ABA’s support for these primarily state-law-based approaches. While it remains important to
look for the right in federal due process and equal protection law as the ultimate objective, the
resolution seeks to foster the evolution of a civil right to counsel on a state-by-state basis, rooted
in the unique provisions of each state’s constitution and laws. This approach is likely to achieve
significant results and provide doctrinal support for a future reconsideration of the right to civil
counsel under the federal constitution.
The Proposed Resolution Offers a Careful, Incremental Approach to Making Effective
Access to Justice a Matter of Right, Starting with Representation by Counsel in those
Categories of Matters in which Basic Human Needs Are at Stake.
The right proposed in this resolution is long overdue and deeply embedded in the nation’s
promise of justice for all. But it also represents an incremental approach, limited to those cases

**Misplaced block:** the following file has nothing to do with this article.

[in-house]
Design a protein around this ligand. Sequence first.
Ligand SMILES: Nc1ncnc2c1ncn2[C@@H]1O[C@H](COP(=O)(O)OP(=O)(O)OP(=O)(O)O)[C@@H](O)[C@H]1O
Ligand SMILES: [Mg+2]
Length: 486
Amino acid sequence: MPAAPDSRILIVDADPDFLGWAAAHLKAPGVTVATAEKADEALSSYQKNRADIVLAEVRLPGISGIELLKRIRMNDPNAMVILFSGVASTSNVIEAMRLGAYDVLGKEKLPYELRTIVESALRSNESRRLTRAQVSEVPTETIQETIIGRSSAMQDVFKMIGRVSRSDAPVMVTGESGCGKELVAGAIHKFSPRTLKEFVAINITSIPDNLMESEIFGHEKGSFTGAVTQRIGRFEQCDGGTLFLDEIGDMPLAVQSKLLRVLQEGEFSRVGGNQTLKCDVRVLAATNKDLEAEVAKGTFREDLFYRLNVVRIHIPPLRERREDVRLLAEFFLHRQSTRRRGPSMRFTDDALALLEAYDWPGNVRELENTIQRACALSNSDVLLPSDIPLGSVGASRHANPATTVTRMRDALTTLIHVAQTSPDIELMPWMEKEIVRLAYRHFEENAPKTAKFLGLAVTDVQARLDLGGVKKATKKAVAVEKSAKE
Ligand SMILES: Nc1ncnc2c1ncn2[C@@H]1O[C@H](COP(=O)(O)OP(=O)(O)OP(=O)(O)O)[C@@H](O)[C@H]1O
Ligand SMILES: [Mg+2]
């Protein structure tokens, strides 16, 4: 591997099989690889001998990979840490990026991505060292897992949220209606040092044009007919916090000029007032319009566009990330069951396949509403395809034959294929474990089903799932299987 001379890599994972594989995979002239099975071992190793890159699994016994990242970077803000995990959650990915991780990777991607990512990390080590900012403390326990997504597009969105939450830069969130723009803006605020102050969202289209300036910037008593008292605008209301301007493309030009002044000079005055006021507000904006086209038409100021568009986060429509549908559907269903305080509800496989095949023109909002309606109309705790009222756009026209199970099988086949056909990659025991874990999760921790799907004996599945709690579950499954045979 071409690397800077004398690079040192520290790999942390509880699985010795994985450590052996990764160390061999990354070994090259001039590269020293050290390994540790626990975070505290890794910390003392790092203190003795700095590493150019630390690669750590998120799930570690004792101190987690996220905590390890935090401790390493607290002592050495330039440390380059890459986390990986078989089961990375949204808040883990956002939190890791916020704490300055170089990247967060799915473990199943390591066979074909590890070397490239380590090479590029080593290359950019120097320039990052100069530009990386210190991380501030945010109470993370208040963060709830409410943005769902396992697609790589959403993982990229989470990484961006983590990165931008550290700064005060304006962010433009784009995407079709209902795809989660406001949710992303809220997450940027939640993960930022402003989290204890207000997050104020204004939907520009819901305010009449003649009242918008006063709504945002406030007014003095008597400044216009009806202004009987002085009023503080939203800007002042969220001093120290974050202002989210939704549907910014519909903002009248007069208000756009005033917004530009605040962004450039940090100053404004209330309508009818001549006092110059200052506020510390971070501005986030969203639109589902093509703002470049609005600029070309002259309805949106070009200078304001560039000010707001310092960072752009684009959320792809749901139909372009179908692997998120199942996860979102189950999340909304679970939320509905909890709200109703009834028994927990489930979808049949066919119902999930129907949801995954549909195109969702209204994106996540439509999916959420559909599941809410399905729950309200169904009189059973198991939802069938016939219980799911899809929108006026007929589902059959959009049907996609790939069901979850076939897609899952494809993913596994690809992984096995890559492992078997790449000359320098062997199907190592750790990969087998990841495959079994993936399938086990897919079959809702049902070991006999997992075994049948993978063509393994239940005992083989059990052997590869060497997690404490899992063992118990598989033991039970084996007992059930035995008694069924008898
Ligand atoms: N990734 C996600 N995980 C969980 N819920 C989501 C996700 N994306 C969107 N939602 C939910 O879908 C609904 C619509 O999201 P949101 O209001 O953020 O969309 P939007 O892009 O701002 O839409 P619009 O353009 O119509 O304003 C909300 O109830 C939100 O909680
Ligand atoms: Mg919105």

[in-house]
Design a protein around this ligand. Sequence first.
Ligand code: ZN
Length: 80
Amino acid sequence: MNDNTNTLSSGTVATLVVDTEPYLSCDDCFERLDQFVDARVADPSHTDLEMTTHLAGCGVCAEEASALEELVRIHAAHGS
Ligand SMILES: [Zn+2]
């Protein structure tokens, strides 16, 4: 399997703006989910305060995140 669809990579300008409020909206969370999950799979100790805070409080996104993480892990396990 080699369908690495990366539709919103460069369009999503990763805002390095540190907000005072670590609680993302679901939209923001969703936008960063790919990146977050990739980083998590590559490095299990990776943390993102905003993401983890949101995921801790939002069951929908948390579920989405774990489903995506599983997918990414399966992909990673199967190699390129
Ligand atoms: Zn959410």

where the most basic of human needs are at stake. The categories contained in this resolution are
considered to involve interests so fundamental and critical as to require governments to supply
lawyers to low income persons who otherwise cannot obtain counsel.
The resolution does not suggest that jurisdictions should limit their provision of counsel and
other law-related services to these high-priority categories. Rather it indicates that in these
categories they should guarantee no low income person is ever denied a fair hearing because of
their economic status. In other categories of legal matters, it is expected that each jurisdiction
will continue to supply legal services on the same basis as they have in the past. This includes
jurisdictions where courts have the constitutional, statutory, or inherent power to appoint counsel
in other categories of cases or for individuals who suffer impairments or unique barriers which
“CPS Annual Demographic Survey, March Supplement,”
ABA House of Delegates – August 2006
make it impossible for them to obtain a fair hearing in any cases unless they are represented by